Primary Sludge: "close fiction" from German utopian writer Sina Kamala Kaufmann

[Last spring, I ran into Nikola Richter at the Republica Festival in Berlin; she told me about Sina Kamala Kaufmann, a celebrated German climate activist and sf writer whose debut short story collection, Bright Matter, had been published by Richter's independent publisher Mikrotext to great critical and public success. I offered to run one of Kaufmann's stories here in English as a way of exposing her work to a new audience. -Cory]

They laughed and it really pissed me off.

"Every cell, please, every microbium." The female voice murmured softly from the tree house.

The three of us lay in the soft mud. The mud pressed heavily against my body. Could my skin still breathe like this? The fine earth around me was tender and firm. I lay on my back for a long while and submerged my head in the mud. It contracted around my body, covered me densely, it gurgled somewhat hollowly; and for a short while it hushed the cackling of the two women, who were bathing about four, five metres away from me in this artificially created mud lake in the deep Polish jungle. It was unlikely that they had come here voluntarily. I emerged from the mud again and felt it on my face, heavy between my eyelashes.

Both the intestinal rehabilitation and the microbial communication training took place in the same location within the dense forest. Some people could not leave here for a long time. The mud was thick, the sun squinted through the dark green leaves, the lake lay surrounded by the trees, some of them several hundred years old, reaching far into the sky above us.

I observed the three single clouds gliding slowly across the sky. The leaves rustled above my head in the mild summer wind and finally the cell clusters behind me listened within themselves and fell silent. When I inhaled, my body was pulled to the surface by my chest, and when I exhaled, I sank further into the mud. I could clearly sense my weight and I felt my spine, my buttocks, the back of my thighs, my calves, pressing themselves into the fine granules of moist, warm earth. We were lying in a mud-mix: earth from the home continent, from the Afar Depression, or the Albertine Rift, at any rate from the cradle of mankind, fine ash particles from the Japanese volcano on Cherry Blossom Island, from the Puyehue in the Andes, the Kilauea in Hawaii and the classic mud regions in Italy, from where the "fanghini" specially trained in the production of organic mud also originated. All these traditional healing earths from all over the world have been gathered here. We lay in the healing-mud-mix, and if we managed to reach a state of emptiness, to open ourselves completely, then we would become one with everything, we would perceive how our cells, our bacterial inhabitants interacted with those in the mud, we could remove our selves and become one.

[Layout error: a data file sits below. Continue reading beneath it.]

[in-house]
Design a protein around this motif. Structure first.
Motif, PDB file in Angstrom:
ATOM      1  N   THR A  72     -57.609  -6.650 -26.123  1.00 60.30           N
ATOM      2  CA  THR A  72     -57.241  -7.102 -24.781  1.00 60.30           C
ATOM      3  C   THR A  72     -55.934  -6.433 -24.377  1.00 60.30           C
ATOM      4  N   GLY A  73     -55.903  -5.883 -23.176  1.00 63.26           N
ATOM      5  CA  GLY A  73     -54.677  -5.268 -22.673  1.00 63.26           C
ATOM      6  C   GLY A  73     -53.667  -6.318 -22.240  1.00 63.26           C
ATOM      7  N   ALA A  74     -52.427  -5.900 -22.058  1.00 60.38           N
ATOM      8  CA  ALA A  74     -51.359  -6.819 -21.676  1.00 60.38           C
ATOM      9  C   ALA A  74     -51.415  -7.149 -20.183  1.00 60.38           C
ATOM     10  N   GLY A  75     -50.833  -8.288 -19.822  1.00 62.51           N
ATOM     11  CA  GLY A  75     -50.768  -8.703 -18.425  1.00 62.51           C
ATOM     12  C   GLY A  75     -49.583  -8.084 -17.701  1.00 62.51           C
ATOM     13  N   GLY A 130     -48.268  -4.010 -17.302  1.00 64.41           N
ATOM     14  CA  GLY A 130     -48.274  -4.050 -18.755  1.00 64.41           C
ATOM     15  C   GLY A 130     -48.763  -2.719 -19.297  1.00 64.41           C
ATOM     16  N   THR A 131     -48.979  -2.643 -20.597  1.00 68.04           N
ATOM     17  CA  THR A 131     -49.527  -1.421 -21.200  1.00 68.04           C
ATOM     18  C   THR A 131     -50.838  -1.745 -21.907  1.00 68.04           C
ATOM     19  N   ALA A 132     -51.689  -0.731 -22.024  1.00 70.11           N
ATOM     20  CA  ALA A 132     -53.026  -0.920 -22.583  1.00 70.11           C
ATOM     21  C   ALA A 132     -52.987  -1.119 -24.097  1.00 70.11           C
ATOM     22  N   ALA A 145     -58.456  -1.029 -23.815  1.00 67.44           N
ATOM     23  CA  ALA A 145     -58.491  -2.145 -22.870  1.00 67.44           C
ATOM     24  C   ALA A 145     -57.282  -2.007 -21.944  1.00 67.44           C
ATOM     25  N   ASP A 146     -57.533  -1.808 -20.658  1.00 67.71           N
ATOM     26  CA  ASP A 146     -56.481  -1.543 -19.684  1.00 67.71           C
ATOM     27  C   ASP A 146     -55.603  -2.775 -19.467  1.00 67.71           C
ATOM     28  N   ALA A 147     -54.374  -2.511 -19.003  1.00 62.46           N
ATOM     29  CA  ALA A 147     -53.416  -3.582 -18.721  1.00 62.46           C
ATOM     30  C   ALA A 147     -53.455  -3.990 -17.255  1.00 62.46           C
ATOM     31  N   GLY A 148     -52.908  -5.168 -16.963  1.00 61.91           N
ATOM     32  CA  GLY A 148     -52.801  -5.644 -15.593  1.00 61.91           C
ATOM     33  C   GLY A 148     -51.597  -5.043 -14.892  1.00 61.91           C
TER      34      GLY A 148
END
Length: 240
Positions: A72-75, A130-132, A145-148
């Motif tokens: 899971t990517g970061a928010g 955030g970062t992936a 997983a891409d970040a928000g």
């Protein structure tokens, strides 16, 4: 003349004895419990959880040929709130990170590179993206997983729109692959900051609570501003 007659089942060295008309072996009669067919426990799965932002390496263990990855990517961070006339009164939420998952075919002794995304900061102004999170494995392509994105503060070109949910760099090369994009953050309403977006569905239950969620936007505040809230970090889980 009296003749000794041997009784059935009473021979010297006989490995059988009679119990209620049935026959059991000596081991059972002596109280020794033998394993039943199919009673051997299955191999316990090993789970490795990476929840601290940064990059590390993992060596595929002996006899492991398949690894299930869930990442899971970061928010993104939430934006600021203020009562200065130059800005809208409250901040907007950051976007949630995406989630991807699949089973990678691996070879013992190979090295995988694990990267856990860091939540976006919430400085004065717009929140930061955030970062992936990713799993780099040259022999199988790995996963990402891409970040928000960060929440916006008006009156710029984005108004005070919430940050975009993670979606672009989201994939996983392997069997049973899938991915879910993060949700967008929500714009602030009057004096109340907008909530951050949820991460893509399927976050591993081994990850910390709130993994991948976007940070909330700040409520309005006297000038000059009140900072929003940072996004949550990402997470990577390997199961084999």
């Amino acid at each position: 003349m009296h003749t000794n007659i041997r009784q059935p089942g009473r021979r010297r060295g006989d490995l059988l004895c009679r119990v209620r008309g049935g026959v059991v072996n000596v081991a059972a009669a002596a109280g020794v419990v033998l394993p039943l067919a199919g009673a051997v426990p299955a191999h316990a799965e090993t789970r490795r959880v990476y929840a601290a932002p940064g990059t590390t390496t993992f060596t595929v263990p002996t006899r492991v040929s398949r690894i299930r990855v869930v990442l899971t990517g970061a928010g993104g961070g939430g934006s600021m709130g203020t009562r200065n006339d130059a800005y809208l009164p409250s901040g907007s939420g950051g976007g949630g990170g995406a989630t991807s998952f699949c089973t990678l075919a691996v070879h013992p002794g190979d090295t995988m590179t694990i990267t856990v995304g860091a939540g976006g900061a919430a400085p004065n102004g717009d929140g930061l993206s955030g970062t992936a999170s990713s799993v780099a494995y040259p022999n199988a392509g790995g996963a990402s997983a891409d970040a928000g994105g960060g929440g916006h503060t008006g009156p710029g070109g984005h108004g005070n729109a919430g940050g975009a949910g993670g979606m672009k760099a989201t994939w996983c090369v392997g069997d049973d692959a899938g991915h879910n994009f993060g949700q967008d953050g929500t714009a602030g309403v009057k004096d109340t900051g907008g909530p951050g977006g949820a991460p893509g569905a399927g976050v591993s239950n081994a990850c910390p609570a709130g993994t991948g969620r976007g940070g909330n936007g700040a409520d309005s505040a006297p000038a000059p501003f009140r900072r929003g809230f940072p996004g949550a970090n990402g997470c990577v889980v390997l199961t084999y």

Are clouds empty?

If we succeeded in meditating at this sacred place of new disorder, we would return to everyday life with a further degree of freedom.